The tower earned its moniker, the White Tower, from the whitewash used on its walls during the reign of King Henry II. The caps on the four turrets which stand at each corner of the tower were originally conical but were replaced with the current onion-shaped domes in the 1500s (the round tower was once home to the Royal Observatory before it moved out to Greenwich). The White Tower’s large external windows are also more modern innovations, these were added in the 1600s by Sir Christopher Wren.

The original entrance to the White Tower was on the first floor, reached by a wooden staircase (that could be removed if necessary), much as it is today while, for security reasons, the internal stone spiral staircase was placed as far from this entry as possible in the north-east turret. A stone forebuilding was later added during the reign of King Henry II but was later demolished.

Inside, accommodation for the king was provided on the second floor – it originally had a gallery above but an extra floor – still there today – was later added. Accommodation for the Tower’s constable was probably on the first floor. Both floors were divided in two – with a large hall on one side and smaller apartments on the other. These rooms now house displays on the Tower’s history – at the present these include the Royal Armouries’ exhibition ‘Power House’.

The White Tower is also home to the Chapel of St John the Evangelist which, made from Caen stone, still looks much the same as it did in Norman times. It was used by the royal family when in residence at the tower but by the reign of King Charles II had become a store for state records. These were removed in 1857. Among some of the events which took place here was the lying in state of Queen Elizabeth of York, wife to King Henry VII, after her death in 1503, and the betrothal of Queen Mary I to Philip of Spain in 1554 (by proxy, Philip was not present). Prince Charles received communion here on his 21st birthday.

Other historic events associated with the White Tower include the apparent murder in 1483 of the ‘Princes in the Tower’ – King Edward V and his younger brother, Richard, Duke of York – while legend says they were killed in the Bloody Tower, the discovery of two skeletons under stairs leading to the chapel during building works in 1674 has led some to believe that they may have been buried here.

It was also in the White Tower that King Richard II was forced to sign away his throne to King Henry IV in 1399 and it was from the White Tower that Gruffydd ap Llywelyn Fawr, the illegitimate son of  Welsh Prince Llywelyn the Great, apparently fell to his death while attempting to escape captivity in 1244.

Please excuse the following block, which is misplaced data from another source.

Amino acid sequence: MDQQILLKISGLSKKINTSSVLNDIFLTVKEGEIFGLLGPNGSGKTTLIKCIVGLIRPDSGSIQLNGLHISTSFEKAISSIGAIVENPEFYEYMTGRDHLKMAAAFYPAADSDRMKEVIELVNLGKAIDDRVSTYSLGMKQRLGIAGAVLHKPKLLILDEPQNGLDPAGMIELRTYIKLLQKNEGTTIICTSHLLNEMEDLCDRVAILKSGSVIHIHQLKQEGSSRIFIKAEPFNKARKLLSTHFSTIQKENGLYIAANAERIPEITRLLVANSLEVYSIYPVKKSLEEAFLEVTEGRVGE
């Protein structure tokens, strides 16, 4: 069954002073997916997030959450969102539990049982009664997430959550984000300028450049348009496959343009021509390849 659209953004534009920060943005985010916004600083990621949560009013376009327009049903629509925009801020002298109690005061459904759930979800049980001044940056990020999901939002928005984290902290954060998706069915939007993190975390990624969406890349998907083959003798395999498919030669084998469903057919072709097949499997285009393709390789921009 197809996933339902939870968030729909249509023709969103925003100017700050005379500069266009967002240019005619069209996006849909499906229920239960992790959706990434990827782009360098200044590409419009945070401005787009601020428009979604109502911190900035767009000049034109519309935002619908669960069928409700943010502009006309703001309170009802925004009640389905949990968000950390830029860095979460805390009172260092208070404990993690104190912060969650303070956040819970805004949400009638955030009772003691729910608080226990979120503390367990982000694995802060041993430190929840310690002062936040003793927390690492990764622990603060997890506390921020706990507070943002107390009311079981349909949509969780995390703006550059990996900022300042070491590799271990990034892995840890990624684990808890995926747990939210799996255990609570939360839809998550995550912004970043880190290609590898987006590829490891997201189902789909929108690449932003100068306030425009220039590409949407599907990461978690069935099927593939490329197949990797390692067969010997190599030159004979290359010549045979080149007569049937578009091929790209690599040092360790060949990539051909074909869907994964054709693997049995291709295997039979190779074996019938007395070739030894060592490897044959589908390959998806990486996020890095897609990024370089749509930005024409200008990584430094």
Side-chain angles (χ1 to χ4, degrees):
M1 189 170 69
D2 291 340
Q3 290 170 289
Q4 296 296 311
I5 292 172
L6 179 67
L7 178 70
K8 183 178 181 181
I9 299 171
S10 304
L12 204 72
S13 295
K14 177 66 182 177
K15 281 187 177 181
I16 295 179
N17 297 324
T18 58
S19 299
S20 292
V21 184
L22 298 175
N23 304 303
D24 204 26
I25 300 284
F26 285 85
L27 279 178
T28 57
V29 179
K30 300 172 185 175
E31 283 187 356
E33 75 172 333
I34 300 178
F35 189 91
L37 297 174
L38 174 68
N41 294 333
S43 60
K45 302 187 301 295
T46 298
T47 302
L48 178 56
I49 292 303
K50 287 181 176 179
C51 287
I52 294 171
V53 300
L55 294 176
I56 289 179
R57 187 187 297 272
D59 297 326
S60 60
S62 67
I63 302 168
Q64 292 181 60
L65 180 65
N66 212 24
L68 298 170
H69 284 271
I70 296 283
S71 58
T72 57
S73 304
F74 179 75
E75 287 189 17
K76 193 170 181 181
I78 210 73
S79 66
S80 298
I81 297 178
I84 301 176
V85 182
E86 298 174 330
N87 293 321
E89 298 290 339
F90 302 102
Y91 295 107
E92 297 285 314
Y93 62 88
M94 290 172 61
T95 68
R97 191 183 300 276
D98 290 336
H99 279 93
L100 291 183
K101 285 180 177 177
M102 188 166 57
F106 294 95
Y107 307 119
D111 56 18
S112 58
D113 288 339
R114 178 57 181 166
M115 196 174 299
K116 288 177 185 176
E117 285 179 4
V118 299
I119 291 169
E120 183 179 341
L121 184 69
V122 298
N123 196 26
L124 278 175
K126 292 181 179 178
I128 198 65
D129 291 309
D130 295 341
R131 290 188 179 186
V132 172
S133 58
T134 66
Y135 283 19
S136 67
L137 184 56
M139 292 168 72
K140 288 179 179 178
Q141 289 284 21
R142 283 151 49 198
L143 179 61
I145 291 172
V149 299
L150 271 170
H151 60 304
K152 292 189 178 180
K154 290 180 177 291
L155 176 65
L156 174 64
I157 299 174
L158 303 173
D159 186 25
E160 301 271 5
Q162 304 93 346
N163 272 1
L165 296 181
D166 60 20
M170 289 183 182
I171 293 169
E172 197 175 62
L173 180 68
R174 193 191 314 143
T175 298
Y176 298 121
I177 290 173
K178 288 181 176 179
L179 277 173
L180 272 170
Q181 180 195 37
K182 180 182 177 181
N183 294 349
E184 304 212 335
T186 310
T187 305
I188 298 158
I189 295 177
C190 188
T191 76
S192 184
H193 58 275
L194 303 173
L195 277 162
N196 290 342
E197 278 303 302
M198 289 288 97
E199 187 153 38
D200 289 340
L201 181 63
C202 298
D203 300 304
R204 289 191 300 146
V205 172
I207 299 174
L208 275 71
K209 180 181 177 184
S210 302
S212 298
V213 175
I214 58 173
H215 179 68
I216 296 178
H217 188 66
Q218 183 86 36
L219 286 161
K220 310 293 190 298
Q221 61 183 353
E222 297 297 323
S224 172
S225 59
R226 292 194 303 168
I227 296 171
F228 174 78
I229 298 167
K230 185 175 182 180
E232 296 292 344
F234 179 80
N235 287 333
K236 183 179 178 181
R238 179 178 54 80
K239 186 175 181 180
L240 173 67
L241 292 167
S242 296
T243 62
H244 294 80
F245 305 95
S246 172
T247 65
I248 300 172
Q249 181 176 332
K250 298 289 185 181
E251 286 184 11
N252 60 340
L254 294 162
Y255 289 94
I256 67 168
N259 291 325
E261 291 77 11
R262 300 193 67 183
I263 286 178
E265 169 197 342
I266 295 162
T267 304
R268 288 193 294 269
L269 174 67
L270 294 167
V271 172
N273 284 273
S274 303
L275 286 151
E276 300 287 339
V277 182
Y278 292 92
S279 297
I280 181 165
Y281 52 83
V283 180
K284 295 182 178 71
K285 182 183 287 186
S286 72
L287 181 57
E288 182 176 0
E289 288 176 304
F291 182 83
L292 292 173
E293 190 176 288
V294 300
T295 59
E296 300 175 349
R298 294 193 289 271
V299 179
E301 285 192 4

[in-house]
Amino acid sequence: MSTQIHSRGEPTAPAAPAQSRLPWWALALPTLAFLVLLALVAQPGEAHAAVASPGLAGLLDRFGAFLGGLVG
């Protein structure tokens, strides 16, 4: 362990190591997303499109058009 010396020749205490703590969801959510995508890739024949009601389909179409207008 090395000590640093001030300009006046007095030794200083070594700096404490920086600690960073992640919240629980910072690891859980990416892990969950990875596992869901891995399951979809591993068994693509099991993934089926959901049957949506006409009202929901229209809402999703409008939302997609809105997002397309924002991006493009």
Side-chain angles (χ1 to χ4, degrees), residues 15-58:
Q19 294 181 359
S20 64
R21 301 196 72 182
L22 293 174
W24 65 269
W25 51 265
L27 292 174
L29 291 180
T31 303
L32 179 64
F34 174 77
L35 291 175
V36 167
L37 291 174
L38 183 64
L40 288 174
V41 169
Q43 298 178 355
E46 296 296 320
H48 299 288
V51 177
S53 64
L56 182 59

There are tours of the White Tower daily at 10.45am, 12.45pm, and 2.15pm.

WHERE: Tower of London (nearest tube station Tower Hill); WHEN: 9am to 5.30pm, Tuesday to Saturday, 10am to 5.30pm Sunday to Monday (until 31st October); COST: Included in Tower of London admission – £19.80 adults; £10.45 children under 15; £17.05 concessions; £55 for a family (prices include a voluntary donation); WEBSITE: www.hrp.org.uk/toweroflondon/.

The oldest intact building in London is generally believed to be the White Tower, which stands in the heart of the Tower of London.

Construction on the White Tower (which stands to the right in the picture) was started on the orders of William the Conqueror some time prior to 1070 and was completed by 1100. The newly appointed Bishop of Rochester, Gundulf, was placed in charge of the project which used stone imported from Normandy (much of this was replaced in later centuries).

Built as a towering stronghold and fortress for the English kings, the walls of the tower at 15 feet (4.5 metres) thick and 90 feet (27 metres) high. It was later enclosed by a curtain wall and moat, taking the shape of the Tower of London as we now know it by about 1350.

The White Tower, also known as the Great Tower, has been the scene of many dramatic events in British history – from the deposition of Richard II in 1399 to the disappearance (and possible murder) or the Princes in the Tower – Edward V and his brother Richard, Duke of York, around 1483 (two skeletons, which some believed to be theirs, were unearthed here in 1674).

The White Tower, which is now part of a World Heritage Site, contains the splendid 11th century Chapel of St John the Evangelist. While three of the turrets at the corners of the tower are square, the fourth – the north-east turret, is round and once contained the first royal observatory.

The onion-shaped domes and weathervanes on the turrets were added in the 1520s.

These days the tower contains an exhibition of royal armour – including that worn by King Henry VIII – as well as exhibits on the tower’s history.

WHERE: Tower of London (nearest tube station is Tower Hill); WHEN: Tuesday to Saturday 9am to 4.30pm; Sunday to Monday 10pm to 4.30pm (closing times are 5.30pm between March and October); COST £18.70 an adult/£15.95 concessions/£10.45 a child (children under five free)/£51.70 for a family of two adults and up to six children; WEBSITE: www.hrp.org.uk/TowerOfLondon/

PICTURE: Stephen Pond/Historic Royal Palaces